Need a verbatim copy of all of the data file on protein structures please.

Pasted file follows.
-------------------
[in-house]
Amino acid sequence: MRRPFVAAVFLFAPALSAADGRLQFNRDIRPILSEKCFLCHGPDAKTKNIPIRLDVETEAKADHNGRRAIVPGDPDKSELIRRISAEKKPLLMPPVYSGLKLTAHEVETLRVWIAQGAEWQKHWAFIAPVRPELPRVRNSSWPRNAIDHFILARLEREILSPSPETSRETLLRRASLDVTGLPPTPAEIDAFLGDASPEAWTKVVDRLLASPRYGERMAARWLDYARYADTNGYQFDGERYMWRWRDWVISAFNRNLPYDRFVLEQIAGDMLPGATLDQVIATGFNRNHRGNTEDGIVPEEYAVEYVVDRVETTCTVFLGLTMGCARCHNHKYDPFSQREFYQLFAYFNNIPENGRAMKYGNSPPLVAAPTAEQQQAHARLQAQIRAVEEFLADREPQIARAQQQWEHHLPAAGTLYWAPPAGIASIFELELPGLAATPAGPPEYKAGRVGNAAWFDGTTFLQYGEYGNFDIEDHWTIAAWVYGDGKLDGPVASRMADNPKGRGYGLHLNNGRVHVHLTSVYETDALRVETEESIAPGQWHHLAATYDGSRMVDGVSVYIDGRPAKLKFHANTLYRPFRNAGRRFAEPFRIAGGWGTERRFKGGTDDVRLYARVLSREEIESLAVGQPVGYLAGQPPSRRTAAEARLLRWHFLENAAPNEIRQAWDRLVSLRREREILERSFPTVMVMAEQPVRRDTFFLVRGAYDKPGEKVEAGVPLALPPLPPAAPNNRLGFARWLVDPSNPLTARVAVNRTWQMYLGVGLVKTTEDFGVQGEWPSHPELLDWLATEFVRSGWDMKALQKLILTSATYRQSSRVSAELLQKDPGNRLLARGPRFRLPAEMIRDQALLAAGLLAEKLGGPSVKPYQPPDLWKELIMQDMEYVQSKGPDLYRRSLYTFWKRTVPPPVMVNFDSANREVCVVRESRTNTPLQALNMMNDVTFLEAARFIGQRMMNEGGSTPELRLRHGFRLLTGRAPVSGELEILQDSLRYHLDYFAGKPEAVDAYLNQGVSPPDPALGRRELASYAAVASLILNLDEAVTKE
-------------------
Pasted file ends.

[in-house]
Amino acid sequence: MRRPFVAAVFLFAPALSAADGRLQFNRDIRPILSEKCFLCHGPDAKTKNIPIRLDVETEAKADHNGRRAIVPGDPDKSELIRRISAEKKPLLMPPVYSGLKLTAHEVETLRVWIAQGAEWQKHWAFIAPVRPELPRVRNSSWPRNAIDHFILARLEREILSPSPETSRETLLRRASLDVTGLPPTPAEIDAFLGDASPEAWTKVVDRLLASPRYGERMAARWLDYARYADTNGYQFDGERYMWRWRDWVISAFNRNLPYDRFVLEQIAGDMLPGATLDQVIATGFNRNHRGNTEDGIVPEEYAVEYVVDRVETTCTVFLGLTMGCARCHNHKYDPFSQREFYQLFAYFNNIPENGRAMKYGNSPPLVAAPTAEQQQAHARLQAQIRAVEEFLADREPQIARAQQQWEHHLPAAGTLYWAPPAGIASIFELELPGLAATPAGPPEYKAGRVGNAAWFDGTTFLQYGEYGNFDIEDHWTIAAWVYGDGKLDGPVASRMADNPKGRGYGLHLNNGRVHVHLTSVYETDALRVETEESIAPGQWHHLAATYDGSRMVDGVSVYIDGRPAKLKFHANTLYRPFRNAGRRFAEPFRIAGGWGTERRFKGGTDDVRLYARVLSREEIESLAVGQPVGYLAGQPPSRRTAAEARLLRWHFLENAAPNEIRQAWDRLVSLRREREILERSFPTVMVMAEQPVRRDTFFLVRGAYDKPGEKVEAGVPLALPPLPPAAPNNRLGFARWLVDPSNPLTARVAVNRTWQMYLGVGLVKTTEDFGVQGEWPSHPELLDWLATEFVRSGWDMKALQKLILTSATYRQSSRVSAELLQKDPGNRLLARGPRFRLPAEMIRDQALLAAGLLAEKLGGPSVKPYQPPDLWKELIMQDMEYVQSKGPDLYRRSLYTFWKRTVPPPVMVNFDSANREVCVVRESRTNTPLQALNMMNDVTFLEAARFIGQRMMNEGGSTPELRLRHGFRLLTGRAPVSGELEILQDSLRYHLDYFAGKPEAVDAYLNQGVSPPDPALGRRELASYAAVASLILNLDEAVTKE